Deleting the gene kills cancer cells in deadly subtype of small-cell lung cancer
Northwestern Medicine scientists have identified and described a new gene that is responsible for activating an aggressive subtype of small-cell lung cancer, the P subtype, for which there is no current effective treatment. The findings were published recently in Science Advances.
“This type of cancer is resistant to a lot of drugs and not many studies focus on it,” said lead study author Lu Wang, PhD, an assistant professor of Biochemistry and Molecular Genetics. “By identifying this important gene, we now have a very good drug target to work with.”
“It’s devastating to patients and their families when we tell them there is no effective treatment for this type of cancer,” Wang said.
Part of the problem is that small-cell lung cancer treatment has remained relatively unchanged, primarily relying on chemotherapy. Most patients will develop chemo-resistance, Wang said, impacting the overall efficacy of the limited available treatment options, and leading to cancer reoccurrence.
The gene the scientists discovered is essential for this tumor subtype to thrive, Wang said, based on genome-wide CRISPR screening. When Wang’s team deleted this gene in small-cell lung cancer cells in vitro and in mice, the cancer cells could not survive. Scientists plan to develop a drug to disrupt the function of the gene to treat this subtype of lung cancer in patients.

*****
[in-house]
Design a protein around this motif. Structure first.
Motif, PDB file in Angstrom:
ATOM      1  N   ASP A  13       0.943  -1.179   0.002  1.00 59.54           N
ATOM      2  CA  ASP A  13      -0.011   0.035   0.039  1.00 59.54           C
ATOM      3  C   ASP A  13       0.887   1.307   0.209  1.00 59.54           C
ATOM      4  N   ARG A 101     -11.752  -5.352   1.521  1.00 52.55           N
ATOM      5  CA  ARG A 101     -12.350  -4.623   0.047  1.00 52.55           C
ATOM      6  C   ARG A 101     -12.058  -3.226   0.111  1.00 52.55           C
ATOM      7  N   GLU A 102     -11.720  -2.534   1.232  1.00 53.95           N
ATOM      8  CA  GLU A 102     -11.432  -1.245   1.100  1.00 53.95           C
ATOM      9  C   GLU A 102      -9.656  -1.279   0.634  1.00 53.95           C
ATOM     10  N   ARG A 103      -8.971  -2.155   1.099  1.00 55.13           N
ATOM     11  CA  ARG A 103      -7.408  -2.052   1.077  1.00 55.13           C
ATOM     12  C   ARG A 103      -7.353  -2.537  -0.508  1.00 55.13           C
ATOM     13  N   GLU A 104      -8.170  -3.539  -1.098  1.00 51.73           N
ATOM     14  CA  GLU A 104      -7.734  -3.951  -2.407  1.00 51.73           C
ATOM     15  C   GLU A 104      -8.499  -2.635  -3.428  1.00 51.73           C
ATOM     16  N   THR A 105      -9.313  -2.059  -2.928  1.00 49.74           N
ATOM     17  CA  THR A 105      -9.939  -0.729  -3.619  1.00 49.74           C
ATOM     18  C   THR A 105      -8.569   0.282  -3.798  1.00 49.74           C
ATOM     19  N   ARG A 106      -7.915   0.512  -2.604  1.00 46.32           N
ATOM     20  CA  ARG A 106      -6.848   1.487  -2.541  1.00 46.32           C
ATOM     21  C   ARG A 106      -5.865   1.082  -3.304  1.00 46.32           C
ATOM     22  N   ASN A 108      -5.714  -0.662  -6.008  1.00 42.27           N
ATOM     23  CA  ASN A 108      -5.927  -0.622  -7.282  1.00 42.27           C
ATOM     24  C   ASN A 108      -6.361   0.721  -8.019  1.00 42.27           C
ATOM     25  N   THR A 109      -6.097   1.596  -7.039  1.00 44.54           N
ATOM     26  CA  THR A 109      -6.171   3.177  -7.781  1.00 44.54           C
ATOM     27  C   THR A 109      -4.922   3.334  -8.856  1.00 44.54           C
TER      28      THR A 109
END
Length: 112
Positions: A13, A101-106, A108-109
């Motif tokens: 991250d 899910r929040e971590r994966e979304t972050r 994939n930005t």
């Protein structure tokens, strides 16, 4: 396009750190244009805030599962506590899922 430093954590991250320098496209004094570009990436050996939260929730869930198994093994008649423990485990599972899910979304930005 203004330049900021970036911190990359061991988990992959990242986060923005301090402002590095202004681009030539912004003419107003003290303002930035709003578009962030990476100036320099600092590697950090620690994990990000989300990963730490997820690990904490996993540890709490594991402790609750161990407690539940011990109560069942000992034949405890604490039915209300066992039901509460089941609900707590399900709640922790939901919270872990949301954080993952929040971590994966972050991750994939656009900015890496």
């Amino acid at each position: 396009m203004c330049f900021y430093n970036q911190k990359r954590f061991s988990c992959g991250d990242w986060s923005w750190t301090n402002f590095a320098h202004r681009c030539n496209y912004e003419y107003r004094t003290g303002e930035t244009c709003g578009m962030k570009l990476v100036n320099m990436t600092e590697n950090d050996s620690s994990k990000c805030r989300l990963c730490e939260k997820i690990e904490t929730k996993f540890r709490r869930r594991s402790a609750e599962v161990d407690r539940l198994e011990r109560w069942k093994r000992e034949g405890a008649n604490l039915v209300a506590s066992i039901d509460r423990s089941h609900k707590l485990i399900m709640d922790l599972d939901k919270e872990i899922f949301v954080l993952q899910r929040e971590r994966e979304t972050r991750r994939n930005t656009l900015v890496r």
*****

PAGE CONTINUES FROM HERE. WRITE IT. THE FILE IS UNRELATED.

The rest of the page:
They have named the gene POU2AF2 based on the novel functions reported in their new paper.
“Our ultimate goal is to implement a more personalized approach to small-cell lung cancer clinical treatment by targeting mechanisms that contribute to tumor growth based on factors that regulate molecular subtypes,” said Wang, who also is a member of the Robert H. Lurie Comprehensive Cancer Center of Northwestern University.
Lung cancer remains the leading cause of cancer mortality in the United States with an estimated 131,880 deaths predicted for 2022, according to the American Cancer Society. Each year, more people die of lung cancer than of colon, breast and prostate cancers combined.
Despite improved screenings and medical advances in lung cancer treatment overall, lung cancer is still mainly diagnosed at later stages when the tumor has spread to other parts of the body, making it hard to treat. This dilemma is especially the case for small-cell lung cancer, an aggressive form of lung cancer diagnosed at late stages for 70 percent of cases, Wang said.
The scientists’ findings can potentially serve as a biomarker to identify this subtype of small-cell lung cancer at earlier stages.
Other Northwestern authors include co-lead author Zibo Zhao, PhD, research assistant professor of Biochemistry and Molecular Genetics; co-first authors Aileen Patricia Szczepanski, PhD, and Natsumi Tsuboyama, PhD; and co-authors Jun Watanabe, MD; and Dr. Rintaro Hashizume, MD, PhD, research assistant professor of Pediatrics in the Division of Hematology, Oncology, and Stem Cell Transplantation.